Helia-D returned to Hungarian ownership thanks to a family skiing holiday. Péter Budaházy, who worked in investment banking, was taking his daughters to a ski camp, where he heard that this old, prestigious brand was for sale. He was so taken with this opportunity that he immediately started to “organise a consortium” with the other parents at the ski camp. They soon closed the transaction, and Helia-D returned to Hungarian ownership after ten years.
The story of this brand is the stuff of fairy tales: it all began in Szigethalom, on the Csepel Island near Budapest in the 1970s, with customers queuing up in front of the house of Mrs. Jenő Nedeczky (“Aunt Margit”), who was selling home-made face cream and an anti hair-loss miracle cure made with sunflower stalk extract. Later, media attention was drawn to this high demand, the inventor was interviewed in the television and in the radio. This is how the CEO of Biogal Pharmaceuticals, a manufacturer in Debrecen, learned of this elixir. Meanwhile, the National Bank of Hungary also noticed that the inventor from Csepel was bringing them bags of foreign currency. The National Bank of Hungary joined the business through its financial fund investing in Hungarian inventions, Innofinanz. Biogal also analysed the cream (they involved the Universities of Debrecen and Szeged into this project), and the results were so convincing that they started to develop their own product.
An important milestone in the nationwide boom was when they found a real brand manager, perhaps the first in the country, who, in the opinion of Péter Budaházy, had a “very good approach” to the product. In addition to the base cream, they created an entire range of creams, and paid a lot of attention to the packaging: they chose black, which is easily distinguishable, and they set a relatively high price. Its introduction to the market was perfectly scheduled: Helia-D appeared in the shops and supermarkets just before Christmas 1981, and was an instant hit not only in Hungary, but later also in South Korea, the Soviet Union, and even in the United States. The success in the US was mainly due to the endorsement of a celebrity: the Hollywood celebrity of Hungarian origin, Zsazsa Gábor, who praised the product in a TV interview.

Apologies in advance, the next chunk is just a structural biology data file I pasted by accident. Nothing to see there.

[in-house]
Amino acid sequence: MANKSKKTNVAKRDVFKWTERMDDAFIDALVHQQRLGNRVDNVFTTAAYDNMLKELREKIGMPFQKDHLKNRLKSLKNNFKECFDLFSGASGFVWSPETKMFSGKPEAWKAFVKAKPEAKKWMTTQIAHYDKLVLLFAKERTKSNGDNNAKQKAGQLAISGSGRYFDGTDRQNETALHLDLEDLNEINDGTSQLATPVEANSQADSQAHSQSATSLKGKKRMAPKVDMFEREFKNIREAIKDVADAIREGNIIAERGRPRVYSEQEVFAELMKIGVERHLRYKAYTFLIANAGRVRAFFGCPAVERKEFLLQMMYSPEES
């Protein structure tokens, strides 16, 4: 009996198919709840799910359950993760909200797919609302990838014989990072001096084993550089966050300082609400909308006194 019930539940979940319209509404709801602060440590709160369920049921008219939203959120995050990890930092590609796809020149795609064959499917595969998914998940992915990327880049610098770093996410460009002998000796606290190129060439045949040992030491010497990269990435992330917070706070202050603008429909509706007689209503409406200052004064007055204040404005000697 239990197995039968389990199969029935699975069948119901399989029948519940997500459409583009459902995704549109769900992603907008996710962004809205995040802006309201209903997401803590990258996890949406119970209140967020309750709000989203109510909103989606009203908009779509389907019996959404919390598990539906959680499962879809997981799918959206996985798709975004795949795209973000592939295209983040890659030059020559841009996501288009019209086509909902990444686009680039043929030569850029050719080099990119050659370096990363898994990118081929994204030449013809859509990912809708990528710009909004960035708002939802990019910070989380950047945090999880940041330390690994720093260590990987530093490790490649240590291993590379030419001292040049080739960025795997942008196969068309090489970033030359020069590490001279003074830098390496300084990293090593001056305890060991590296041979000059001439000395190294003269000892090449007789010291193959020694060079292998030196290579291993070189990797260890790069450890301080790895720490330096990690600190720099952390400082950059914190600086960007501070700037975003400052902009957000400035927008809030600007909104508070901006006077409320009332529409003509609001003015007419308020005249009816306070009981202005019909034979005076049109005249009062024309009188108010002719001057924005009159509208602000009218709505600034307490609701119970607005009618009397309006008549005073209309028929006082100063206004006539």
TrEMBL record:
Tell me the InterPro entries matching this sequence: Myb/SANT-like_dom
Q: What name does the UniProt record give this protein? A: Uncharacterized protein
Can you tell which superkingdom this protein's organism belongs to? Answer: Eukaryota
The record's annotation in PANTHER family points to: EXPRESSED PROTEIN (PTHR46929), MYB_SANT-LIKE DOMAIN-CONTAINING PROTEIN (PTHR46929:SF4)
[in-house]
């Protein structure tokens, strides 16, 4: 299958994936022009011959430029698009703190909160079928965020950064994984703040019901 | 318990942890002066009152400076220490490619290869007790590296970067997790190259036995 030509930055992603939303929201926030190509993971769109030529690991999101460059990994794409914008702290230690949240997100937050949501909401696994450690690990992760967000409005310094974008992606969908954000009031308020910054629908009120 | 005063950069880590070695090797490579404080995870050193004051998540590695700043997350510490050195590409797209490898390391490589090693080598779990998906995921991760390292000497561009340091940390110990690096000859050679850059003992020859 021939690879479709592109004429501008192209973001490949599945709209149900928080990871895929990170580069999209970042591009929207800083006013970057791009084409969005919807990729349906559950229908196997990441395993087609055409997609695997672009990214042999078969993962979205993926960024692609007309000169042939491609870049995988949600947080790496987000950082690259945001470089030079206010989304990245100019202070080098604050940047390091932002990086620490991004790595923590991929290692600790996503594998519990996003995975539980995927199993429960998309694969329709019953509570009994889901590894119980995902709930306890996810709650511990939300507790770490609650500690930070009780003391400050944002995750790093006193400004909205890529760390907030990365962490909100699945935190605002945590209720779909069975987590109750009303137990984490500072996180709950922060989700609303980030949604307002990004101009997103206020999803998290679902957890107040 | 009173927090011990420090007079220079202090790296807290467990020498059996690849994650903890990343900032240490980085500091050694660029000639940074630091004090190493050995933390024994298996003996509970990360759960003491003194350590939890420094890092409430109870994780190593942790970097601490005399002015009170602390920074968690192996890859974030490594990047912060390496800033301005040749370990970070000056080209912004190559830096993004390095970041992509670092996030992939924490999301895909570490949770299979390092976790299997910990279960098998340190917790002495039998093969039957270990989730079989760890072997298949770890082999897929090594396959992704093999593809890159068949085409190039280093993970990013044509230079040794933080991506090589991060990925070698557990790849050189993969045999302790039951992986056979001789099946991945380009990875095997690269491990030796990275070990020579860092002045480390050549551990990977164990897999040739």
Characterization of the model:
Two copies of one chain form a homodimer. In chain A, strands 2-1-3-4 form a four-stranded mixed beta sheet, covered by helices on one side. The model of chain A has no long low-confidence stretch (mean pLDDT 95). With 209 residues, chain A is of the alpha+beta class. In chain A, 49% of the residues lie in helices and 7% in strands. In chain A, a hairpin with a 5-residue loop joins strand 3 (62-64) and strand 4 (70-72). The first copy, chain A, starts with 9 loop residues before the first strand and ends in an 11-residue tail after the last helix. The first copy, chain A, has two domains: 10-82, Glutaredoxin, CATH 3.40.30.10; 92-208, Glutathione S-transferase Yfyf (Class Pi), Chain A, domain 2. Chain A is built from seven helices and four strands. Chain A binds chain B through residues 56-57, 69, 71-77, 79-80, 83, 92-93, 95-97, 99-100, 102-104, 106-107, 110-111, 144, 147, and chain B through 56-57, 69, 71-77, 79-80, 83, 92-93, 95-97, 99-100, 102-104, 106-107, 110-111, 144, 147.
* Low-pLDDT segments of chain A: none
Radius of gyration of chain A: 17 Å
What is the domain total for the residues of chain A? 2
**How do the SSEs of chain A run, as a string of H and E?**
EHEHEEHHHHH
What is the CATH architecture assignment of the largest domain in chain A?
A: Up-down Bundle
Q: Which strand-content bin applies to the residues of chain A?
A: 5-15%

The political changes in 1989-1990 had their impact on the beauty industry as well. Foreign rival products came in and privatisation started, whereby Biogal was sold to a foreign multinational corporation. The Helia-D brand was also passed to an international company in the mid-1990s. At the time, its owner, a multinational company, reduced the product range to four cream types from the previous 150.